China Ink Art is the first exhibit of Chinese contemporary art by the Metropolitan Museum of Art in NYC. This exhibit focuses on new expressions using the traditional ink medium of Chinese art. The exhibit includes a wide range of works--painting, calligraphy, woodblock prints and more. The two ink on cardboard pieces shown here "Beautiful Dream #7"and "Beautiful Dream #2" by Duan Jianyu were my favorites. The simplicity of the images and the creative use of the surface of the cardboard interest me. "Ink Art: Past and Present in Contemporary China" is on exhibit until April 6.
I am now the proud owner of a commission by Sukey Bryan. Based on her "Ice Book"--my favorite piece from her 2013 exhibit at the Stanford in Washington Gallery--she created a smaller version of the work for me. 12 panels of acrylic on paper covered with floating ice. Very fitting for these cold winter months. I especially like the full range of blues and the pink highlights on the ice.
Sukey Bryan's "Volcanic Field" pictured here, and her other oil paintings in "Portent," evoke the volcanic landscape so well that one feels the hot lava and steam coming up from the earth. My other favorites were "Volcanic Landscape 2" and "Eruption." These hot volcano paintings look so different from the cool glacier paintings shown earlier this year, but in both series the color and composition give the viewer a strong sense of place. These volcano works also integrate nicely with the waterfalls, waves, and rocks of Freya Grandis--one of the other artists in the exhibit. At the Athenaeum in Alexandria through December 8, 2013.
Sukey Bryan is interested in the "challenges of climate change across the globe," and her body of work, based on her 2008 residency at Denali National Park and Preserve in Alaska, explores the glacier environment. The works are wide ranging, from large oil on linen pieces depicting huge glaciers and icebergs, to small monotype prints of snow on pine trees. The cool blue palette of the ice paintings makes you feel you are standing at the glacier. Pictured here are two monotypes I liked, "Blizzard Pines" and "Wet Snow," made in 2011. My favorite piece, "Ice Book," 2013, is a unique work of paper folded accordion style into 10 panels painted with acrylic. The exhibit also includes sketchbook drawings with pencil, oil pastel, and watercolor with observational notes. Glacial Visions has been extended at the Stanford in Washington Art Gallery through October 20, 2013.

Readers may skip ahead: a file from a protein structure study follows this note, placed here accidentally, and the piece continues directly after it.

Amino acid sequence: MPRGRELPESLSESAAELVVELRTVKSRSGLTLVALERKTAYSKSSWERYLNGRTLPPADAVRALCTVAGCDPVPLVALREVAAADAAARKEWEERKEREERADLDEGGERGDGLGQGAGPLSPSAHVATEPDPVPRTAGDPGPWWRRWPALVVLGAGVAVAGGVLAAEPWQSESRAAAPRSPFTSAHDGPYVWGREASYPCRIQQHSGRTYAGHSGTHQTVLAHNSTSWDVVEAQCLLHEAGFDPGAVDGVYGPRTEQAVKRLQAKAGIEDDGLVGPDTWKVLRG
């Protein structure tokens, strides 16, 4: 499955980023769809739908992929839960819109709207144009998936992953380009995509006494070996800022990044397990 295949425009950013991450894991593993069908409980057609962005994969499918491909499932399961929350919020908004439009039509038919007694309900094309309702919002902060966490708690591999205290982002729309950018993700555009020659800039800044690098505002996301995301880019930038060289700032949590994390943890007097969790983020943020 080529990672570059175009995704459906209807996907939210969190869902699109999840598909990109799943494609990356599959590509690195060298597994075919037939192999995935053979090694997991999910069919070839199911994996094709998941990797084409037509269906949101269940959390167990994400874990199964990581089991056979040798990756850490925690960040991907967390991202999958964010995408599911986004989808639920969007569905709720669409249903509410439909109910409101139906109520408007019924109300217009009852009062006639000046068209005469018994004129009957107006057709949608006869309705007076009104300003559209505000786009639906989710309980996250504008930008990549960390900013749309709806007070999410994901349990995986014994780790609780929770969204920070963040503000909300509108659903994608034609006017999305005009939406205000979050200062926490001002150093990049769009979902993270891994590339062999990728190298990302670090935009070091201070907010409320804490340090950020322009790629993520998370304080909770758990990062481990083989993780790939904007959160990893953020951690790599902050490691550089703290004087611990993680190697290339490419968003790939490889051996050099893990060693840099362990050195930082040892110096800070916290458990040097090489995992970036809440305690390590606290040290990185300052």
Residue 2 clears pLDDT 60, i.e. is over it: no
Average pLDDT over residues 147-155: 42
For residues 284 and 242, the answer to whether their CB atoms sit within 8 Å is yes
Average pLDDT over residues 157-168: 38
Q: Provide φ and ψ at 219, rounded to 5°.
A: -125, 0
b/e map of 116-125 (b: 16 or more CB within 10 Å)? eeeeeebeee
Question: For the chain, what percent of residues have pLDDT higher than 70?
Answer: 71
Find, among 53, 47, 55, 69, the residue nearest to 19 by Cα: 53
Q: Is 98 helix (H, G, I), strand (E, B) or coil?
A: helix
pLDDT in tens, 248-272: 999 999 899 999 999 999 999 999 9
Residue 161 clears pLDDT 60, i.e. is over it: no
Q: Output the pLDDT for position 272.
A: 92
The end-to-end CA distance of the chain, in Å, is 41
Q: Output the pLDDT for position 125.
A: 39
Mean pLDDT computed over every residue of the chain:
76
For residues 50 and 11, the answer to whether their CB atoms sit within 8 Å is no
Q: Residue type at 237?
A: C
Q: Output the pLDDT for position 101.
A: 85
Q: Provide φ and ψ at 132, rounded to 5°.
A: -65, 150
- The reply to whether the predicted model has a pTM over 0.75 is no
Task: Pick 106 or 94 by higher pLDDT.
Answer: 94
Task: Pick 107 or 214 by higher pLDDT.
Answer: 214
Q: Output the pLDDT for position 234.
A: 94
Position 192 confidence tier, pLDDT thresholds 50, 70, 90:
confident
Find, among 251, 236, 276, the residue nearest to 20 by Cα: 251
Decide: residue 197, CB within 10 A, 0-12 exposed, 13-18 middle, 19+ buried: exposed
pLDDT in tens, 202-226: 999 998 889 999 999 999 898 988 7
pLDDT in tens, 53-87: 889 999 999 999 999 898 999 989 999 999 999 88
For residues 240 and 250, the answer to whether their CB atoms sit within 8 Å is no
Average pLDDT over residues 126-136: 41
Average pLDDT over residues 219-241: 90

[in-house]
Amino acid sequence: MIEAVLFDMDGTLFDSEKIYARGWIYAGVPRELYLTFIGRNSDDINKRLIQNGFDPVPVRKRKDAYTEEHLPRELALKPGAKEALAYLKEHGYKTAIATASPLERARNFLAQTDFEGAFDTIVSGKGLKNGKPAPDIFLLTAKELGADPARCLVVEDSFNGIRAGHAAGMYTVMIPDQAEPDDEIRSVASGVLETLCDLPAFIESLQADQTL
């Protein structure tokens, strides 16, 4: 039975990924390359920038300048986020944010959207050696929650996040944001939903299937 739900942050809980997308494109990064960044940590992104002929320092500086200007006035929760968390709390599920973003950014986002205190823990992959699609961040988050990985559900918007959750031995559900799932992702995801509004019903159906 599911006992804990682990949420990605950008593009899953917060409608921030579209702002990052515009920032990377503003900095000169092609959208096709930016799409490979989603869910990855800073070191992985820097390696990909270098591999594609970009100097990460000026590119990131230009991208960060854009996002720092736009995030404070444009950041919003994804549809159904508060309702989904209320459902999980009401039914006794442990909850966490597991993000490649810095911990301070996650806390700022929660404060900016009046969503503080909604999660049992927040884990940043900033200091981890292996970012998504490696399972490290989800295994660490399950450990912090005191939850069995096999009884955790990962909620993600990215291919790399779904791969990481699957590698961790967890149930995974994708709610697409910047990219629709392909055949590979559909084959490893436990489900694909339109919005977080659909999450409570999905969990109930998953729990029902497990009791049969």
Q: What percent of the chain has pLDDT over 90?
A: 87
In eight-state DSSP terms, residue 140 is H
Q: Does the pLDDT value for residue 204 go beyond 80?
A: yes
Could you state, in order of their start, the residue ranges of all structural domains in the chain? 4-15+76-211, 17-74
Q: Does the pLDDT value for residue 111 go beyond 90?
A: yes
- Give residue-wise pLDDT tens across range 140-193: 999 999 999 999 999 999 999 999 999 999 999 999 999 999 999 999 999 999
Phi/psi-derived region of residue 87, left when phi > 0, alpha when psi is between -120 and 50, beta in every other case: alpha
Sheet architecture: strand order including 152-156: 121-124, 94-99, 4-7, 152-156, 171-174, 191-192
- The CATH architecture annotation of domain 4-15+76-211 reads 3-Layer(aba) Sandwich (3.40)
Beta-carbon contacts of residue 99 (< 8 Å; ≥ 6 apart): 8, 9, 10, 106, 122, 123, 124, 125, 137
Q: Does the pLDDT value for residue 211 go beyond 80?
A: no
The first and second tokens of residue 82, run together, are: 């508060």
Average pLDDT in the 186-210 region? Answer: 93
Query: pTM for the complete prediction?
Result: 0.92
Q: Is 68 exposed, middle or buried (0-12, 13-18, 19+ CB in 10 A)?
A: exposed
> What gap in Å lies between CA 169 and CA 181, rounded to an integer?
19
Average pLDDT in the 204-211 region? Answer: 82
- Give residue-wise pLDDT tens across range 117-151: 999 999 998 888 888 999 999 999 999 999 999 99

I was hoping to see some collage at the recent Phillips Collection exhibit of Georges Braque, but the emphasis of the show was on a different time period. Braque worked closely with Picasso and began to experiment with collage in 1912, creating the "papier colle," or "pasted paper," technique. He first used wood-grain paper made for interior decoration and pasted it into his drawings. He also pasted cut-up advertisements into his paintings. At the same time, Picasso began to make collages, although his techniques were different. The experimentation with collage led to mixed media in Braque's work. He later began to mix sand into his paint, which he made himself from natural pigments, giving a rough texture to his paintings. This post brings to a close my summer of collage.
Caught The Drawing Room's exhibit "Inventive Editions" of Alan Shields' prints. His work encompassed all types of printmaking from screenprinting to etching to lithography to woodcut and more, and he created his own formula for handmade paper. Pictured here--"Cocles"--the square standing in a wood frame--is a network of grids with screenprinting, flocking and collage. "Alice in Grayland" is serigraph, intaglio, stamping, stitching and collage on paper. Others here are woodcut, etching, relief, stitching, and collage on layers of handmade paper. I have also done some printmaking with collage so was inspired by the versatility of his work.